Wednesday, May 16, 2007

Jack Jouett, Paul Revere of the South

A midnight ride on horseback. A warning of imminent British attack. The capture of political leaders prevented. The Revolution saved.

Paul Revere? No. Meet Jack Jouett.

John "Jack" Jouett, Jr. was born December 7, 1754 in Virginia. He quickly grew into a six-foot-four, two-hundred-pound giant of a man. With the outbreak of the Revolutionary War, Jouett served as a Captain in the 16th regiment of the Virginia militia.

On the night of June 3, 1781, British General Cornwallis sent Lieutenant Colonel Banastre Tarleton, along with 250 soldiers, to make a surprise march to Charlottesville, Virginia (where the legislature was meeting after having fled Richmond), in hopes of capturing Thomas Jefferson and other prominent patriots. Sometime after nine o'clock, the British reached Cuckoo Tavern in Louisa County. It was here that Jouett, possibly hiding in the bushes, spotted them and guessed their plan. He mounted his thoroughbred horse and dashed towards Monticello, knowing he faced 40 miles of tough wilderness terrain.

Jouett arrived at about four-thirty the next morning to wake and warn Jefferson and others staying at Monticello. Jefferson sent his wife and children away to a country estate, but personally remained for several more hours, securing his possessions. Jouett rode two more miles into Charlottesville to warn members of the Assembly.

Despite the fact that he was forced to take back roads through woods and undergrowth, Jouett beat the British by several hours. Tarleton was only able to capture seven assemblymen. Jefferson, despite lingering, was able to make a narrow escape into the woods.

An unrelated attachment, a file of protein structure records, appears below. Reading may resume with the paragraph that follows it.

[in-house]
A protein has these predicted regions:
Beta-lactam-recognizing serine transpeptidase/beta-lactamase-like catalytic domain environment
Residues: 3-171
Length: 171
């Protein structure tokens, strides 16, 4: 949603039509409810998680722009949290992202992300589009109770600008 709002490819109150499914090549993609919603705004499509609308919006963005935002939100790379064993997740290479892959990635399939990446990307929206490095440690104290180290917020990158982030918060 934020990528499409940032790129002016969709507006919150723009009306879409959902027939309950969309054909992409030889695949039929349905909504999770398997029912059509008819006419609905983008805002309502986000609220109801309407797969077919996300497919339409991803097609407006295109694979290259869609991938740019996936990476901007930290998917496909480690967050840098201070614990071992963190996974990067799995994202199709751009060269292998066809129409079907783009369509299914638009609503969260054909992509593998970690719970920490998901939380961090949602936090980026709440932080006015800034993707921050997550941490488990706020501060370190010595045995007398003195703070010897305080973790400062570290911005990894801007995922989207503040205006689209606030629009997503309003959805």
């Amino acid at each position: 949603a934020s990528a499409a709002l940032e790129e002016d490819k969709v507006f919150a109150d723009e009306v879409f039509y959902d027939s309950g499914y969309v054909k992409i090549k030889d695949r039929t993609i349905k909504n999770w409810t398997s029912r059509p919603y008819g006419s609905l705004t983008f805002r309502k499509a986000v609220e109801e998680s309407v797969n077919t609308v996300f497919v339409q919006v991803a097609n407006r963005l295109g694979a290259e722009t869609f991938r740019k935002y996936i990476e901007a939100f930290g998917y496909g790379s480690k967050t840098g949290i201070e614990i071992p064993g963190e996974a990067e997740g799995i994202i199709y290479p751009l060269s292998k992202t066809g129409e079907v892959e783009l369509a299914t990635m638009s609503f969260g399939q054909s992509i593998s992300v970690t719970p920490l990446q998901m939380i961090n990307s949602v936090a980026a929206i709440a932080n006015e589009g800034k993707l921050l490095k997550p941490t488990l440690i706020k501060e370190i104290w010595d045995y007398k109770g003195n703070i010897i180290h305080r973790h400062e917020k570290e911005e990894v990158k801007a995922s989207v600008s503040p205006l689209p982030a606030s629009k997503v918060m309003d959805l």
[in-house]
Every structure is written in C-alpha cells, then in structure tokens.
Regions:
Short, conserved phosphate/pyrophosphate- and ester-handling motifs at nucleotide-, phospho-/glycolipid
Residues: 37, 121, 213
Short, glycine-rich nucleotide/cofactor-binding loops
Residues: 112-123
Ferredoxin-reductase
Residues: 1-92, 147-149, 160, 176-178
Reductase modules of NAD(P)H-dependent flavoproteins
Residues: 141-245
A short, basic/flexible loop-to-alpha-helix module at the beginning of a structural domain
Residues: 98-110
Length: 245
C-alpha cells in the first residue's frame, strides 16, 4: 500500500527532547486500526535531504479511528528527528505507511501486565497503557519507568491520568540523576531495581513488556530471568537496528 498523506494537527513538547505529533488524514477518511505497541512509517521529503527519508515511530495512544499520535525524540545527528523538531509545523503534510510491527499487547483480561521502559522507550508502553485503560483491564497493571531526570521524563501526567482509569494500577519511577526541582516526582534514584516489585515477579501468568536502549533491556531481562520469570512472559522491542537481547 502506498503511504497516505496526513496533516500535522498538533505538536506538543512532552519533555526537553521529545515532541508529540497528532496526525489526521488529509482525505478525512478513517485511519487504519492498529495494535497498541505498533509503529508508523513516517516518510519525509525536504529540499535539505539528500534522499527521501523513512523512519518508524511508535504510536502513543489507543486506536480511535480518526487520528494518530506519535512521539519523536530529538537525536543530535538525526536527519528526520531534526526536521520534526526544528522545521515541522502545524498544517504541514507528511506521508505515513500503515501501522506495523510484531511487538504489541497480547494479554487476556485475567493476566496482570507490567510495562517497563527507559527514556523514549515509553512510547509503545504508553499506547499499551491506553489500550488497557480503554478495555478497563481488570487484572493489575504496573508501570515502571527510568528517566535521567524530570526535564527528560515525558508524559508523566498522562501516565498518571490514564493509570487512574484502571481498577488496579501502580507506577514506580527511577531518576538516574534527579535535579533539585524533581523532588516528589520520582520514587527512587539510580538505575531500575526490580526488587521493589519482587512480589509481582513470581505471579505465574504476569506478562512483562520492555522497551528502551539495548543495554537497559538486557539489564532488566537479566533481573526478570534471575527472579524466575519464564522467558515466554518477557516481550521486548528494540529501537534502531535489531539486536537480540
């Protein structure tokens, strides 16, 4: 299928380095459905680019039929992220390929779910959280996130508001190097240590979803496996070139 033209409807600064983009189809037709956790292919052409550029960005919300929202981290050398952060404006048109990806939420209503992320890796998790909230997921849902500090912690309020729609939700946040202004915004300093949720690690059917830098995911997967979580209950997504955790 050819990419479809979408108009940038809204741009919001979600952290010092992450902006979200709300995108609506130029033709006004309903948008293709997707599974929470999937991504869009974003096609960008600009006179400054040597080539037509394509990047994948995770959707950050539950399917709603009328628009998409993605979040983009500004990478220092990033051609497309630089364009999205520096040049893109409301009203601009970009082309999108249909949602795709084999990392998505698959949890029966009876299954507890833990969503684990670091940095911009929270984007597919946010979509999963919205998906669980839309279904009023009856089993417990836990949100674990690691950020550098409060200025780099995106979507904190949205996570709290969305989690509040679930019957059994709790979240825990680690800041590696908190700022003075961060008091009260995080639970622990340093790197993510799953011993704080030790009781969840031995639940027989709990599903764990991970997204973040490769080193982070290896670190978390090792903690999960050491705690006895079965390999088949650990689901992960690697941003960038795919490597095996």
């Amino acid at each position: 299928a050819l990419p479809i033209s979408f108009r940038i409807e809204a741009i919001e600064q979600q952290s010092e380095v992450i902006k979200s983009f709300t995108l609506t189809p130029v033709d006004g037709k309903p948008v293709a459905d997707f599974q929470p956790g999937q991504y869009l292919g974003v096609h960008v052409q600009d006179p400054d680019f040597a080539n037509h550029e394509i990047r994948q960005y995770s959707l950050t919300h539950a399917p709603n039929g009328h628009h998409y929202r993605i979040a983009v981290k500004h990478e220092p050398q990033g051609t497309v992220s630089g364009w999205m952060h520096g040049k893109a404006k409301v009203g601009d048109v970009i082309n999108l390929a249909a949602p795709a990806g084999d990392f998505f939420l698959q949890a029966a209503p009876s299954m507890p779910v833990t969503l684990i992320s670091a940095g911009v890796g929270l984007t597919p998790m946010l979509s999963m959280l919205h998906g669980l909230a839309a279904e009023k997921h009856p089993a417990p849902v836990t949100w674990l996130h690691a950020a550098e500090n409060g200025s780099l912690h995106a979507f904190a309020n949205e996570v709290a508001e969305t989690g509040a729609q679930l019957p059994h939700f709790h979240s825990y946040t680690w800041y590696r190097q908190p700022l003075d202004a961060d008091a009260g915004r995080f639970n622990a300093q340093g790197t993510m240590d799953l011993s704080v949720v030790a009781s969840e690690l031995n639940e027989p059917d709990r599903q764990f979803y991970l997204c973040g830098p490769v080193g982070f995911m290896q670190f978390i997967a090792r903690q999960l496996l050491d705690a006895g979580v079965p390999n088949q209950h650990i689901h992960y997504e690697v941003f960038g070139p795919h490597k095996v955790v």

Many historians agree that had Jefferson and other leaders been captured, it might well have meant the end of the Revolution. The General Assembly of Virginia recognized their debt to Jouett, and on June 15, just a few days after having fled Charlottesville, they voted to award him a sword and pair of pistols for his bravery. Unfortunately, it took two years before Jouett received the pistols, and twenty years before he received the sword!

So if Jack Jouett's ride was so critical, arguably more important than Paul Revere's, why is he virtually unknown? The answer is that Revere was immortalized in the now famous poem by Henry Wadsworth Longfellow, while Jouett died in relative obscurity and was buried in an unmarked grave.

Still, Jouett left behind another kind of legacy. He helped form the state of Kentucky. His son, Matthew Harris Jouett, fought in the War of 1812 and became a respected artist, painting the portraits of the Marquis de Lafayette and Thomas Jefferson. Jouett's grandson, the naval officer James Edward Jouett, is memorialized in the famous quote by Admiral David Farragut, "Damn the torpedoes! ... Jouett full speed!"

The Jack Jouett House, near Versailles, KY, features a frontier stone cabin and a Federal-style brick cottage adorned with period furnishings.

Perhaps someday, if his ride becomes more widely known, Jack Jouett will take his rightful place in American History. And Paul Revere? He'll be known as the "Jack Jouett of the North."

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